For the rest of the week, we’ll have a lot of nonsense from both sides. Gillard will now say, “everyone is moving on to unity”, and you can believe that if you want to. The opposition will have an almost infinite supply of cheap shots which suggest the Labor party is unfit to govern. And the Labor party itself will be a party ravaged by fear of losing the next election, by a sense of impending doom.

[The leadership ballot] has done nothing to give them confidence and that means Labor will be trying to pretend that it can win the next election. Short of Tony Abbott being found in bed with a live man or a dead woman, they’re not going to make it.

[Labor] might get certain lifts in the polls and they may go up in the public estimation but they’ve basically got a very serious wound and it’s like having lost a limb. No matter what the party does, it’s going to have that whisper of defeat in its ear for the next 15 months.

Paul Strangio, senior lecturer in politics, Monash university

The numbers certainly suggest that this was a decisive victory. What it further indicates is that some of the claims from the Rudd camp about the numbers that he had behind him were significantly inflated and it also suggests that Rudd was unable to claim any momentum from the “people power” campaign that he ran last week.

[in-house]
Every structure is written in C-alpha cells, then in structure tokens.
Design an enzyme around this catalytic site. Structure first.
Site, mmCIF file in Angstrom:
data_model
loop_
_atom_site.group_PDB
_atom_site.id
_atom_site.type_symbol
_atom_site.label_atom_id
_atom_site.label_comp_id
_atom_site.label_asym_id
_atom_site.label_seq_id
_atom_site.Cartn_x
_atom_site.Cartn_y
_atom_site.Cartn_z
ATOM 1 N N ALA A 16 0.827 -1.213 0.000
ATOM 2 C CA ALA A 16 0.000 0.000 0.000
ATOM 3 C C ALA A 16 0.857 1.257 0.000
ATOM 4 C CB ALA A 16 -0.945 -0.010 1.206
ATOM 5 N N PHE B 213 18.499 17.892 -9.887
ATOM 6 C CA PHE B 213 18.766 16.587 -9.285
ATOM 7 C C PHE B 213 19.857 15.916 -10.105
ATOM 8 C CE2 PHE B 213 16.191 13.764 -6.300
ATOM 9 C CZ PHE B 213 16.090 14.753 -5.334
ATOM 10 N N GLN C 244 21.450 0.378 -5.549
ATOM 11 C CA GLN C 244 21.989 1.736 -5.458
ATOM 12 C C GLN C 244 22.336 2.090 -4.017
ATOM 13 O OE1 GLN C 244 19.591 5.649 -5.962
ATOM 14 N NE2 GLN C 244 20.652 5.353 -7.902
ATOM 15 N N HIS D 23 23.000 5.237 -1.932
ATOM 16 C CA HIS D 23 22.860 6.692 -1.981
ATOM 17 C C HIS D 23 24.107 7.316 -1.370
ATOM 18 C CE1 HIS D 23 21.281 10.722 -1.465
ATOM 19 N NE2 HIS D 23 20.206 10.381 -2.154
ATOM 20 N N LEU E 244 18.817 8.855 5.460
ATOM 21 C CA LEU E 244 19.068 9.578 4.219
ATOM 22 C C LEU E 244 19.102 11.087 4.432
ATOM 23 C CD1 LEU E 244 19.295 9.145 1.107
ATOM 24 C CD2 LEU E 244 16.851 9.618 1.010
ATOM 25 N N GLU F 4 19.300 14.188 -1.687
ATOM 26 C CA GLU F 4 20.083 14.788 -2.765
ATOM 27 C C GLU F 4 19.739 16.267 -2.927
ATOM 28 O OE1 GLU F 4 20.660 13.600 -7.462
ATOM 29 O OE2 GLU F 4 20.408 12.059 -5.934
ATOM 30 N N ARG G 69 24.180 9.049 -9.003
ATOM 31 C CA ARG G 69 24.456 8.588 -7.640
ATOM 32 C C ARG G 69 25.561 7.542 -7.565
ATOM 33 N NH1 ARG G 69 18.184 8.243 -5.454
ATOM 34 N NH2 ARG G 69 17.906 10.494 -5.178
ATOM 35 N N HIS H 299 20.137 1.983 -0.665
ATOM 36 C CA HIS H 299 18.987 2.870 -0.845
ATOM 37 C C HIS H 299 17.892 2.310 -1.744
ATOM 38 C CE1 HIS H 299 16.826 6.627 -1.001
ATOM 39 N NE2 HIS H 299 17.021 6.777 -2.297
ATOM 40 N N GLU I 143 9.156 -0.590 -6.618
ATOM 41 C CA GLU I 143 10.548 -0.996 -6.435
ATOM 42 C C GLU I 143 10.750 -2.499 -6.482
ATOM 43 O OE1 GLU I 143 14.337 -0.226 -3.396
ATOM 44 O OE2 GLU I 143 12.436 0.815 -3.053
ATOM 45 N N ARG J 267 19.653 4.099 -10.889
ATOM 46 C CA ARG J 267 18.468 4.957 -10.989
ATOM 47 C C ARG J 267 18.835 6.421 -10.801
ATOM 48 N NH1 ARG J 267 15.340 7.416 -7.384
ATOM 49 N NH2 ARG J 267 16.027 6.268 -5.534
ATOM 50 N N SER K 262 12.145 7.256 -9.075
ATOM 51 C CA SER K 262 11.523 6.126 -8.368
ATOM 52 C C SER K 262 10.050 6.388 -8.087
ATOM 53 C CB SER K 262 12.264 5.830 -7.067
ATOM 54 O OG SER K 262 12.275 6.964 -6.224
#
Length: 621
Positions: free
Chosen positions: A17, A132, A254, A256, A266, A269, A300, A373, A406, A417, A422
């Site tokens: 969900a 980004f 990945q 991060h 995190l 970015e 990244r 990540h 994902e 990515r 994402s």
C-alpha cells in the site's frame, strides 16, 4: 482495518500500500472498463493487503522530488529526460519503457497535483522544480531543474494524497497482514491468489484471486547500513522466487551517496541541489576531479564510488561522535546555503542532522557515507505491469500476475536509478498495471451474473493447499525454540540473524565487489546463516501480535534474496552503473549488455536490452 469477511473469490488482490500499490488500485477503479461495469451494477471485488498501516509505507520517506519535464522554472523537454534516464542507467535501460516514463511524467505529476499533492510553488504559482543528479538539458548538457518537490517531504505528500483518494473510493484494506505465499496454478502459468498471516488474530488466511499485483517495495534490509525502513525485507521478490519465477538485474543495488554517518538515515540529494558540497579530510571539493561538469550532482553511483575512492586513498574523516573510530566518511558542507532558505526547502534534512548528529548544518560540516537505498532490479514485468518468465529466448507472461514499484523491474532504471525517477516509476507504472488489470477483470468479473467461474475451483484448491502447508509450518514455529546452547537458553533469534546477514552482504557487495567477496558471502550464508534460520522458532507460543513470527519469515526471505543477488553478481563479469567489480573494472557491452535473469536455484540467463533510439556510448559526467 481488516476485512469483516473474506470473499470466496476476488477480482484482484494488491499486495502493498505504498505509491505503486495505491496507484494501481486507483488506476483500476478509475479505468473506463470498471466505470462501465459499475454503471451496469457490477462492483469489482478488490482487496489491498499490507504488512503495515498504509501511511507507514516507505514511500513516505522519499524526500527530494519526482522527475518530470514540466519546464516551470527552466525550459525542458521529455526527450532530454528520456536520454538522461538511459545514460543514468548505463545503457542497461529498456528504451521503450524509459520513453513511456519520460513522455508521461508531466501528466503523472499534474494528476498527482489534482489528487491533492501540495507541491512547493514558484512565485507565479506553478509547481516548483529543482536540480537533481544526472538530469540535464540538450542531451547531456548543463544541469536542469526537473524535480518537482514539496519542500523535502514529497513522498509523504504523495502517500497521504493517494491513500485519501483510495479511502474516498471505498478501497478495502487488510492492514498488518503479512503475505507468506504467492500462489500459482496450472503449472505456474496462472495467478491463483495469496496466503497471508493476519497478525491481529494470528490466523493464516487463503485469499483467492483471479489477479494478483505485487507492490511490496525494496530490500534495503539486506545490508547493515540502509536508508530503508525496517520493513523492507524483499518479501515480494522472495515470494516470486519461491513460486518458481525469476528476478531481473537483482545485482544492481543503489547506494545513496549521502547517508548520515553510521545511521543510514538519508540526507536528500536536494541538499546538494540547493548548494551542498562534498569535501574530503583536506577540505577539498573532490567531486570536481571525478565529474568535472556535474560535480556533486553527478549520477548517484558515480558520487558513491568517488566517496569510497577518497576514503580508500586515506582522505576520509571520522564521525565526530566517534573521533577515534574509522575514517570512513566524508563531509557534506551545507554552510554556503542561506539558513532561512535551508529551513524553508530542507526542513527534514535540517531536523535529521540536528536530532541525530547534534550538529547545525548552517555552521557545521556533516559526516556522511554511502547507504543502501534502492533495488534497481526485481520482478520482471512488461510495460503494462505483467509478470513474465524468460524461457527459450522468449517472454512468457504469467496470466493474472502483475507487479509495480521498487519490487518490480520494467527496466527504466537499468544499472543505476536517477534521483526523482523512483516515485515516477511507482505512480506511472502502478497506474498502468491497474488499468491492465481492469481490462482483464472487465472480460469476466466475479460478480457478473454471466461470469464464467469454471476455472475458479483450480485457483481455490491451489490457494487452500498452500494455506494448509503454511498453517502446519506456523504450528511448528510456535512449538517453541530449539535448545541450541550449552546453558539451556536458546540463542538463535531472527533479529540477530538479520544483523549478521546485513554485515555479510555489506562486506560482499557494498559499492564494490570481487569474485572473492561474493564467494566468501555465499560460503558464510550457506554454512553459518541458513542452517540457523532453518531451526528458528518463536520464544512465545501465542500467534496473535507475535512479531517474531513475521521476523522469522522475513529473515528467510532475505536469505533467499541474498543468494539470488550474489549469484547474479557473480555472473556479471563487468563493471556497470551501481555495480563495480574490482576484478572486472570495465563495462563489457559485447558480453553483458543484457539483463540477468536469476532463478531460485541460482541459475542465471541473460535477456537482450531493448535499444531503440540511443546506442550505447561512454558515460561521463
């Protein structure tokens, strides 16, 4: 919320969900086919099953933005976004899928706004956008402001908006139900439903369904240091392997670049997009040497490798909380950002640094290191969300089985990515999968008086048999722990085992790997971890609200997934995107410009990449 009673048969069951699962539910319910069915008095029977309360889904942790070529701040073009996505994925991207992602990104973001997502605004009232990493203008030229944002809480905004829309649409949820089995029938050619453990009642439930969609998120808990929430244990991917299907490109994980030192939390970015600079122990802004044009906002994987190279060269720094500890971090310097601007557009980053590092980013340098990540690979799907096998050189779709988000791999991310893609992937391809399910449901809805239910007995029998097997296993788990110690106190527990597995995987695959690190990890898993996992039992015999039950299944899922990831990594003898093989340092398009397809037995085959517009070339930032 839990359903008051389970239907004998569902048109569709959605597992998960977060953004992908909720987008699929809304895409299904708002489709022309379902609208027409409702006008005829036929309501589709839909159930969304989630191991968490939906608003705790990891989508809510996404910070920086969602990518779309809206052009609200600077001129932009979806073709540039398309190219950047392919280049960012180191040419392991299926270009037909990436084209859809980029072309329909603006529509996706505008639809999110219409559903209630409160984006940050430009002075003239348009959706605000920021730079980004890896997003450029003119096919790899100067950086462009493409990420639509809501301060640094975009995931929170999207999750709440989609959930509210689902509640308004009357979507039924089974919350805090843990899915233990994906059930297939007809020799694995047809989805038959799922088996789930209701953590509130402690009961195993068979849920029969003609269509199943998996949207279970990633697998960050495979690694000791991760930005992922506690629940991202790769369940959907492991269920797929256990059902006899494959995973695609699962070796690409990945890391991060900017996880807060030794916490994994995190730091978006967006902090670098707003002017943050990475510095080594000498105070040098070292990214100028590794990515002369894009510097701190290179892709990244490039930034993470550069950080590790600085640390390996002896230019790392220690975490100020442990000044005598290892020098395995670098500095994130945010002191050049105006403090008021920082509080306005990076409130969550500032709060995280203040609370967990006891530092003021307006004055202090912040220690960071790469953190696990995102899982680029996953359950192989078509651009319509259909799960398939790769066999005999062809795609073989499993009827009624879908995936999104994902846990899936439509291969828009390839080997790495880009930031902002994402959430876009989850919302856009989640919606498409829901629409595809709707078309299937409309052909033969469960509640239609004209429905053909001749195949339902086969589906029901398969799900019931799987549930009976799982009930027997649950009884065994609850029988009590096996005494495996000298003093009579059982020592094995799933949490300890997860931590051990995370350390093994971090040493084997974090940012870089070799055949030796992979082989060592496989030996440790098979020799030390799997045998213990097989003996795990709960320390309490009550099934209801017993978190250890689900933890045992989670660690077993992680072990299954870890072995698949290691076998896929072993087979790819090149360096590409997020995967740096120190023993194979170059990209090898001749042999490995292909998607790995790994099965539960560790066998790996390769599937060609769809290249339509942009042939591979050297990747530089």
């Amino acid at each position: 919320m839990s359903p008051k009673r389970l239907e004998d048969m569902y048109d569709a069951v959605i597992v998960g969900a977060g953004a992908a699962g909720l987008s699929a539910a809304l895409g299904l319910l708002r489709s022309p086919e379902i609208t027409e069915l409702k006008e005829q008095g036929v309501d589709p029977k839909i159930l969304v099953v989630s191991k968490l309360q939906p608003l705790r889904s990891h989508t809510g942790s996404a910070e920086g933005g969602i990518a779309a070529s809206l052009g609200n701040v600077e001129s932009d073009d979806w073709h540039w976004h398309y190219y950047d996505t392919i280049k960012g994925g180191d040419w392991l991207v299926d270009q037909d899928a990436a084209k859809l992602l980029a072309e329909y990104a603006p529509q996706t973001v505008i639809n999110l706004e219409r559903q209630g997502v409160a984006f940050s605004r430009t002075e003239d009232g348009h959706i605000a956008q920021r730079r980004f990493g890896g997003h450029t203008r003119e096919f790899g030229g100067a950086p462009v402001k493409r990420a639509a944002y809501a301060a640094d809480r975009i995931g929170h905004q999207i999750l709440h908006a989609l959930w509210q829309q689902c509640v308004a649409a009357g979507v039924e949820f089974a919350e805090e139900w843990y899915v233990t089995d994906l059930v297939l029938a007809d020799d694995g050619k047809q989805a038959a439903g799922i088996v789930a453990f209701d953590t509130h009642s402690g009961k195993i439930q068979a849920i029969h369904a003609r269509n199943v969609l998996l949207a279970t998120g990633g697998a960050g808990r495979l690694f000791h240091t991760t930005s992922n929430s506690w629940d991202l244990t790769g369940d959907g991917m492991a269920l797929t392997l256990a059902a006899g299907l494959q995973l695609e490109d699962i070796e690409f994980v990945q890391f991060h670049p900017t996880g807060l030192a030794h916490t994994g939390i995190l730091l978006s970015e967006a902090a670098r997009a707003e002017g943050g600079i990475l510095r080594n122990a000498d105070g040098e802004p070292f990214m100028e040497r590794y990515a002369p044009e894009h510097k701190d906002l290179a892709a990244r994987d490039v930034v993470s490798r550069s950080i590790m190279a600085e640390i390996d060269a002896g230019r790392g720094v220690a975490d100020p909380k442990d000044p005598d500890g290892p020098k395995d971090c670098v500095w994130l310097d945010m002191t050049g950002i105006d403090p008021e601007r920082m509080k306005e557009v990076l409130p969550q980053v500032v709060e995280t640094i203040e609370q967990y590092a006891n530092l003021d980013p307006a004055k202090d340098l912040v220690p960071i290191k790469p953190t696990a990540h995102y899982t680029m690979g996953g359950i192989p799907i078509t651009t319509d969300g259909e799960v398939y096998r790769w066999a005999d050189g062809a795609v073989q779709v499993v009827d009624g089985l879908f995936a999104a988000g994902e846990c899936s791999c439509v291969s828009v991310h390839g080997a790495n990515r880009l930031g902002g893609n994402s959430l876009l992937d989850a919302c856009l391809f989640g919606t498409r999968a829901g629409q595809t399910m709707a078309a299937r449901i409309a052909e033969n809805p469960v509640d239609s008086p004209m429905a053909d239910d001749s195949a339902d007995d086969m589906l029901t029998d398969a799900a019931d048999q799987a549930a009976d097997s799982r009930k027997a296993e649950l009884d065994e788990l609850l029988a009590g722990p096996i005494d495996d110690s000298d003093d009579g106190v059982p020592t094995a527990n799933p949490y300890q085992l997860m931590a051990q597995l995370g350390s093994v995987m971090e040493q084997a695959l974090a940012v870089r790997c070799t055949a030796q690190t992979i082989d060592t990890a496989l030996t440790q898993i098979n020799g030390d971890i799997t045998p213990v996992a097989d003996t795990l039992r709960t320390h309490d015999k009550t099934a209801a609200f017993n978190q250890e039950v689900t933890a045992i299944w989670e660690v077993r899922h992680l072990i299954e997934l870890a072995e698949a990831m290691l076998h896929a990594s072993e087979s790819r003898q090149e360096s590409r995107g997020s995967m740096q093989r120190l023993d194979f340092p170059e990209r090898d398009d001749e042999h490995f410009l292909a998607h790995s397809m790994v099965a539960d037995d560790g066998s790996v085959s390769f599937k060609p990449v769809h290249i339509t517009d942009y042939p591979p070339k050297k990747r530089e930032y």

I have always thought that a Rudd comeback was highly unlikely. All the indications are that he doesn’t have the base of support in caucus and the resentments towards are powerful.

In terms of where we go from here, this has obviously been a damaging time for the government. However, if there is a silver lining it is that the strong expression of party room support for Gillard might enhance her authority in the public’s mind and perhaps even been psychologically empowering for Gillard herself.

The caucus also showed it wasn’t going to be spooked by the opinion polls or swayed by the Rudd family’s “people power” campaign. My view is that there’s something encouraging about that and perhaps the Labor Party has learned some hard lessons from the whole Rudd phenomenon.

In facing down Rudd, Gillard also started to build a narrative of what the government has achieved under her leadership and it might in itself provide a turning point. Having said that, I think we have to be circumspect in our predictions about what lies ahead - and that also goes for the forecasts of certain doom for the government. This has been and is likely continue to be a volatile and unpredictable period.

Professor Brian Galligan, Professor of Political Science, University of Melbourne